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Avenues for Introducing

Healthy Foods    

 

BY MARIAN KISCH

Improving competitive-foods policies and practices in a school district can be cumbersome and contentious. School administrators who have been down that road raised some points that could benefit colleagues.

Educate and involve all stakeholders. In the Archuleta School District in Pagosa Springs, Colo., leaders reached out to influential people in the community, asking for their views about how to address the health of its students. Assistant Superintendent Linda Reed says dissenters should be invited into the process, along with students, who are those most affected by policy changes. The latter group can become your best ally or your worst enemy if left out of discussions. Respect cultural differences, too. Keep the school board informed so the members will be prepared if complaints reach them.

Invite food service personnel into the classroom. In Norwood, Ohio, food service workers bring common and exotic fruits and vegetable into the classrooms for a “show, taste and tell.” They discuss the origin, characteristics and preparation methods for each item and allow students to sample each one. Students are encouraged to say, “That’s not my favorite,” rather than “That’s gross” if they don’t like the food item, so as not to influence others. Food service staff also read relevant stories in the classroom — for example, Green Eggs and Ham on Dr. Seuss’ birthday.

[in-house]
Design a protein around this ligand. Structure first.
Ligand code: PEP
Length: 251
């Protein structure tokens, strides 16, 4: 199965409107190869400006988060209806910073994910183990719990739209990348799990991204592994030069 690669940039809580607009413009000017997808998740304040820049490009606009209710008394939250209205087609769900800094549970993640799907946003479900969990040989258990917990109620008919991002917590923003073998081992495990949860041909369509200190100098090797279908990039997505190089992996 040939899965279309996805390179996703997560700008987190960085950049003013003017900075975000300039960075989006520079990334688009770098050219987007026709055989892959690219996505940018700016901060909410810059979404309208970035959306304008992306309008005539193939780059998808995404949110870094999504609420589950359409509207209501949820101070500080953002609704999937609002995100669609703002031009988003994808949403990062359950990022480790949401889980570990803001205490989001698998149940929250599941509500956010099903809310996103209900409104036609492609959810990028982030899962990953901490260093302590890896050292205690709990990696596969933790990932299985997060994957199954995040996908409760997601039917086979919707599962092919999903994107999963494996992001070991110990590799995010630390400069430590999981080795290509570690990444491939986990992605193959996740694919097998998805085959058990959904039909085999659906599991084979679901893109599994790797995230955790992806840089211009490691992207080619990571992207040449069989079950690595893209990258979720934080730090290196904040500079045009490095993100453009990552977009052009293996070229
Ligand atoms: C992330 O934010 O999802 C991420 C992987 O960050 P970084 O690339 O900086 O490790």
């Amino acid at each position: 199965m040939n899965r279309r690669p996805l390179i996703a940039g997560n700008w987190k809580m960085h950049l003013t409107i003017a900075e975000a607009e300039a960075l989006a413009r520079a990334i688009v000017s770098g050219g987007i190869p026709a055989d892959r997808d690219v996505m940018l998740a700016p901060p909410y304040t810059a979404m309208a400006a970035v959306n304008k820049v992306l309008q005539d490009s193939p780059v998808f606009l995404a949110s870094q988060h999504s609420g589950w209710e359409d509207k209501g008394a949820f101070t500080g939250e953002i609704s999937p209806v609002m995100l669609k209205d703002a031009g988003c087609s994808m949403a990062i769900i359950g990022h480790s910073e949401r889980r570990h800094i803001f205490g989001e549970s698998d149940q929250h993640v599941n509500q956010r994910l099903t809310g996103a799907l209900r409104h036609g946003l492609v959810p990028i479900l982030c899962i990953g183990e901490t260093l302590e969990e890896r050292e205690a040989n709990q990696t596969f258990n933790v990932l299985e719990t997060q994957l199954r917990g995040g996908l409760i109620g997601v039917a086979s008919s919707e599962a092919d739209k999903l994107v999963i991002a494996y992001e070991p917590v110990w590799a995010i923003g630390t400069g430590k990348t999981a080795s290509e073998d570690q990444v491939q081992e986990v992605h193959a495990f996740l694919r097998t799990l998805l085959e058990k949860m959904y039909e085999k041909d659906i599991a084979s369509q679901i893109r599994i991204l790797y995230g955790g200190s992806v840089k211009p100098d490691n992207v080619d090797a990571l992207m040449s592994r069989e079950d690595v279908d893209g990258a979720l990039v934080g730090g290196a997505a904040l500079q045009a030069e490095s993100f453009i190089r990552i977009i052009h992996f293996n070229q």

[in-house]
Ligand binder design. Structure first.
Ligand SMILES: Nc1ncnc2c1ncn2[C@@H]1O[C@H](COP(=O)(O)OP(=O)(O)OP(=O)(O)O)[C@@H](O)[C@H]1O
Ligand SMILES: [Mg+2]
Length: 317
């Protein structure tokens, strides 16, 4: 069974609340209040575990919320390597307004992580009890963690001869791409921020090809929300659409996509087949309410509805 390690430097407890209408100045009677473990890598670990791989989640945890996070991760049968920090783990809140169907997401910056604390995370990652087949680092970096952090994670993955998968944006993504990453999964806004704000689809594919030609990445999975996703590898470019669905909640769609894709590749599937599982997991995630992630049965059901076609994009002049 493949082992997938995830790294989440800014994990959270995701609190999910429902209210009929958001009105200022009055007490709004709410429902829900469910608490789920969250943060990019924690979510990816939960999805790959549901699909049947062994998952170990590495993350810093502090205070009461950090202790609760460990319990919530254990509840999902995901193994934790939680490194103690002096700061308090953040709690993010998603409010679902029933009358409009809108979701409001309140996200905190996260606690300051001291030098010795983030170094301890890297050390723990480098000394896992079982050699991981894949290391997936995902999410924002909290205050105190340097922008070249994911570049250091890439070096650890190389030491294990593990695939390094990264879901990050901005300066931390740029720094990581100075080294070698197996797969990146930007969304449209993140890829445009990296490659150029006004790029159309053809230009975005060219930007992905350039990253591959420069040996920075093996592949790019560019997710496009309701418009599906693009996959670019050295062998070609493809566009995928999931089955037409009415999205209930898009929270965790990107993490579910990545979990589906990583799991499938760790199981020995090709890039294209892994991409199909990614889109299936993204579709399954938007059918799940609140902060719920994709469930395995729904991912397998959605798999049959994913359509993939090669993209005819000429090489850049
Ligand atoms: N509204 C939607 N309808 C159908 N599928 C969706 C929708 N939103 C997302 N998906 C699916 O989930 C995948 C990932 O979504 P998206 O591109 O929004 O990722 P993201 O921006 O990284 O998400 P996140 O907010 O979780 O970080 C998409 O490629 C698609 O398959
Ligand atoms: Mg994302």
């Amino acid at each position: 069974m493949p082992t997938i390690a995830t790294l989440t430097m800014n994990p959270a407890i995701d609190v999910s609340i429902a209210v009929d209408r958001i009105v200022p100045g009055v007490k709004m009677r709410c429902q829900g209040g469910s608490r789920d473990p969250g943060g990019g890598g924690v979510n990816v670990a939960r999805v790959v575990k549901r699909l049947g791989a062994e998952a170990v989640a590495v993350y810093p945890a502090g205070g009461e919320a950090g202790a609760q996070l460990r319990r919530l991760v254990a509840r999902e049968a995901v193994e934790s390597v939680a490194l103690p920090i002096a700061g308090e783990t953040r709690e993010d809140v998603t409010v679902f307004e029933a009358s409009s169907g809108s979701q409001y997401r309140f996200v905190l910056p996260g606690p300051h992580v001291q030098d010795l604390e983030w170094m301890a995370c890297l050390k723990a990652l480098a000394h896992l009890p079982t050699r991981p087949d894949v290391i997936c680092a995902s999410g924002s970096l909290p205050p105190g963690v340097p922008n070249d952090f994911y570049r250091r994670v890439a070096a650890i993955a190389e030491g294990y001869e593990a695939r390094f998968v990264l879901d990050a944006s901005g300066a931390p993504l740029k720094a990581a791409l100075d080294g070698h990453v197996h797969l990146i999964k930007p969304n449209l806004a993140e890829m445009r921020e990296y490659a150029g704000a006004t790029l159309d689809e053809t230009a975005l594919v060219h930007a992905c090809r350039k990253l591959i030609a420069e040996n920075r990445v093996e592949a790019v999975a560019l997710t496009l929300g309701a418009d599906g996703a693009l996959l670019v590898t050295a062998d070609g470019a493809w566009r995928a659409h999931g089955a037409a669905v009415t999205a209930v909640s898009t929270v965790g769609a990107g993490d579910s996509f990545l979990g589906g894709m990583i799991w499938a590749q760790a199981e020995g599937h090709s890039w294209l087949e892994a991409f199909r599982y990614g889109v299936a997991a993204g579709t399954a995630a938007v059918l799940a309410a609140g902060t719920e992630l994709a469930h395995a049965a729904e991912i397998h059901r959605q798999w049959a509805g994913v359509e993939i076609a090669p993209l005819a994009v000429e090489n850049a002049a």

Offer alternatives to fundraisers. Instead of selling chocolates, beef jerky and cookie dough, Fairview Elementary School in Klamath Falls, Ore., focuses on healthy activities like walkathons, running or walking races with sponsored participation and raffles for sports equipment.

View change as a marathon, not a sprint. At Enslow Middle School in Huntington, W.Va., the school leadership made changes slowly to minimize resistance from students and parents. They also empowered students to contribute to the process.

Eliminate food rewards in the classroom. Winners of class competitions at Fairview Elementary receive a trip to a gymnastics academy, jump playhouse or trampoline gym instead of a pizza, soda and junk-food party.

Partner with organizations to promote good eating habits. Kid Power’s Operation Lunch Line, an interactive musical program offered to 4th graders, has been successful in promoting good nutrition and physical activity in Norwood. High schoolers act as wellness ambassadors during the program.

Apply for outside grants and insurance reductions. Check with partners, nonprofit groups and foundations about grant awards for health and wellness projects. Also, ask your insurance company about reducing your district’s health insurance premiums for staff health and wellness activities. 

 

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